The exhibitor made a sign to the French gentleman, who had handed back the young lady to her seat, to ask his question next. Place aux Dames, said he, pointing to the married lady I mentioned before; who, recommending her lap-dog, who was sleeping on the bench by her, to the care of her relation, whom she now called cousin Martha, advanced to the figure, and asked her, “If she was married ?'• Dieu m'en garde-Heaven forbid,' answered the
Poupée.-The lady looked at her husband, and seemed as if she perfectly agreed with her.
As the gentleman got up to make way for his lady, he discomposed the lap-dog; for which his wife chid him, and scolded Martha. • Does monsieur choose to ask any thing?' said the showman to him.— Not I, said he surlily. 'Does your Doll never speak but when she is spoken to?'-— Never, sir; she is too well bred!-He interpreted the question and his answer to the Frenchman. C'est dommage,' said he in return. 'That's a pity, the gentleman thinks;' reinterpreted the exhibitor to the married man. by GM, that it is not,' replied the other. The showman interpreted again ;-the Gascon received it with one of those significant shrugs with which the philosophers of his country reconcile to themselves and others every dispensation of Providence.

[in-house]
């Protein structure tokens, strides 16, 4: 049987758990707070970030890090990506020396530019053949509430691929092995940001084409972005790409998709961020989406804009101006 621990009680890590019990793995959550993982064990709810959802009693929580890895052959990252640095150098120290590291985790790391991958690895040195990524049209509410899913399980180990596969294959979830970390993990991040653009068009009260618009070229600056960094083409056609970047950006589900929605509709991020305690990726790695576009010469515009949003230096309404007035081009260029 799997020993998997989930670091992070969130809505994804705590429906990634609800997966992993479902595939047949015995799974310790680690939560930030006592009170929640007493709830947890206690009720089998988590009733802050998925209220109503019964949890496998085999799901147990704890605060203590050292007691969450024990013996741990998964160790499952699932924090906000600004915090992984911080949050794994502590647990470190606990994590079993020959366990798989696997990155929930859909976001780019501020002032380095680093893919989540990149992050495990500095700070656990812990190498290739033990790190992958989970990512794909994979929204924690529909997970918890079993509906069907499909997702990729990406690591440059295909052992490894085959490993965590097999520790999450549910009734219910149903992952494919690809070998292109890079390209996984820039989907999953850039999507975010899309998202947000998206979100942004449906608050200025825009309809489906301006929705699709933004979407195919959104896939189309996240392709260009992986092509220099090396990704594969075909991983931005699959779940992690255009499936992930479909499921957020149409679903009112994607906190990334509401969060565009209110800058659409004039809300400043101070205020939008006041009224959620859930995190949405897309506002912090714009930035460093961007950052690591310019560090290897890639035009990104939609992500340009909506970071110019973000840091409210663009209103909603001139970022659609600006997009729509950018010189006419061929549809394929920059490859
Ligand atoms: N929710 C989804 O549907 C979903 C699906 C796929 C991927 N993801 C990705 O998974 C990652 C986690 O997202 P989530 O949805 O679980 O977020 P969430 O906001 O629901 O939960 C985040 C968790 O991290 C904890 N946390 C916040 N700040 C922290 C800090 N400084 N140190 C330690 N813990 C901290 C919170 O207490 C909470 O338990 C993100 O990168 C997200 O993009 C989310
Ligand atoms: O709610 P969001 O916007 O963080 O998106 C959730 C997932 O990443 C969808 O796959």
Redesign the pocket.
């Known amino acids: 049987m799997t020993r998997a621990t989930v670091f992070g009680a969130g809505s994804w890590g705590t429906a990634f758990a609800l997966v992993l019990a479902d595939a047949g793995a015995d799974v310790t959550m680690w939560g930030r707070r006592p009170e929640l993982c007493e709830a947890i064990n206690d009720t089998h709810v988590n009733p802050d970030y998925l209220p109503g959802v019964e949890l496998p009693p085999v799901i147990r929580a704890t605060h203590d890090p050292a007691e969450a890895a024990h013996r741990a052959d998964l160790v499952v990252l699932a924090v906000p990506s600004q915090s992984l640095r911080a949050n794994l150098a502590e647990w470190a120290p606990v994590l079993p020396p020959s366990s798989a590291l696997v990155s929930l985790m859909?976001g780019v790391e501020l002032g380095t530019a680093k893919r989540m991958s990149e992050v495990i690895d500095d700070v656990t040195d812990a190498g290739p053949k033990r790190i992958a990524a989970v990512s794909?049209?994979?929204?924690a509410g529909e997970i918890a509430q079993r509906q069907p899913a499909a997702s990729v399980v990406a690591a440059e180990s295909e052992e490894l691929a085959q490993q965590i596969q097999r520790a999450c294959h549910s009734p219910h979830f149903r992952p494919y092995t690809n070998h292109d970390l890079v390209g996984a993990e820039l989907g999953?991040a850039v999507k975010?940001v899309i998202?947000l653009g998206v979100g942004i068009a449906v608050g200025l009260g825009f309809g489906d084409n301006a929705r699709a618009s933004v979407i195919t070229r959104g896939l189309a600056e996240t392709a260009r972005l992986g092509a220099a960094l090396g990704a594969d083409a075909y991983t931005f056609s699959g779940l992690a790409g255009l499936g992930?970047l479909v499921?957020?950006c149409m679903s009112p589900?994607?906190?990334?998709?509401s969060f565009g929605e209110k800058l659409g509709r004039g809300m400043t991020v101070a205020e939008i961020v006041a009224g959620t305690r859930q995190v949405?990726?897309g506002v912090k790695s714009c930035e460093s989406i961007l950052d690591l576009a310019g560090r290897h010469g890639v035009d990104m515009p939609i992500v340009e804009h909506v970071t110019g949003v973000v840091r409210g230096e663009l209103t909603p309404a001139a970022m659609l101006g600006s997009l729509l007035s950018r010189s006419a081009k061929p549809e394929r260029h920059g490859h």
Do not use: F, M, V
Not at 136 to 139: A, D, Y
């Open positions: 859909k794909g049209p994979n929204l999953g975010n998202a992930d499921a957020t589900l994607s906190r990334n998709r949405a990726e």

A lady, whom I had not observed before, now came forward. She was in a much fuller dress than any of the rest of the company, and had one of the finest complexions in the world. She looked very narrowly at the Poupée's head-dress, and the particular sit of her tucker. • What sort of paint do you use?' said she, loud enough to be heard by us who were near her.- Vous n'en avez pas besoin,-You have no need on't,' answered the figure; the equivoque was a very polite one. • C'est charmant !' said the Frenchman, looking first on the Poupée, and then on the lady; the lady drew back, and seemed inclined to blushbut could not.
• Do you choose, sir ?' said our exhibitor to me. I declined putting the lady to the trouble, having been convinced of her abilities at Brussels. On this the old gentleman came forward. Like the last questioner, he examined mademoiselle very closely, putting on his spectacles to assist his examination.
Pray, miss,' said he with a sort of chuckle, do you